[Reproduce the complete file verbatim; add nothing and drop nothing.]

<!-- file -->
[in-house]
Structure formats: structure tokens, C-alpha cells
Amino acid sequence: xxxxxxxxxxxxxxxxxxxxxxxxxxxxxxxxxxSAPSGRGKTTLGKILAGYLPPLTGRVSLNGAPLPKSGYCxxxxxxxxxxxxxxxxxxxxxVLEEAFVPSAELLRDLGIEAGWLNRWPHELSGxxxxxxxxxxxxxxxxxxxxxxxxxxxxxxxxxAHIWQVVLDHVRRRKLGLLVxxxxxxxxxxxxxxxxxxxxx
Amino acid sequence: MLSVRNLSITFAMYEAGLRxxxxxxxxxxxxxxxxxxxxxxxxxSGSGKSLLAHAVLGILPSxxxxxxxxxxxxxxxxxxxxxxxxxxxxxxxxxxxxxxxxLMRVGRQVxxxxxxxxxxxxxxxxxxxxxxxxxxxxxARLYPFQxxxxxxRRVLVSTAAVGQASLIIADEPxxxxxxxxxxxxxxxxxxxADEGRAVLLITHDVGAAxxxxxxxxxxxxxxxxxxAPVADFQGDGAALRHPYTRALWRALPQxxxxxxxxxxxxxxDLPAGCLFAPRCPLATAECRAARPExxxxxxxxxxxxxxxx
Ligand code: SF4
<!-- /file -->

[in-house]
Structure formats: structure tokens, C-alpha cells
Amino acid sequence: xxxxxxxxxxxxxxxxxxxxxxxxxxxxxxxxxxSAPSGRGKTTLGKILAGYLPPLTGRVSLNGAPLPKSGYCxxxxxxxxxxxxxxxxxxxxxVLEEAFVPSAELLRDLGIEAGWLNRWPHELSGxxxxxxxxxxxxxxxxxxxxxxxxxxxxxxxxxAHIWQVVLDHVRRRKLGLLVxxxxxxxxxxxxxxxxxxxxx
Amino acid sequence: MLSVRNLSITFAMYEAGLRxxxxxxxxxxxxxxxxxxxxxxxxxSGSGKSLLAHAVLGILPSxxxxxxxxxxxxxxxxxxxxxxxxxxxxxxxxxxxxxxxxLMRVGRQVxxxxxxxxxxxxxxxxxxxxxxxxxxxxxARLYPFQxxxxxxRRVLVSTAAVGQASLIIADEPxxxxxxxxxxxxxxxxxxxADEGRAVLLITHDVGAAxxxxxxxxxxxxxxxxxxAPVADFQGDGAALRHPYTRALWRALPQxxxxxxxxxxxxxxDLPAGCLFAPRCPLATAECRAARPExxxxxxxxxxxxxxxx
Ligand code: SF4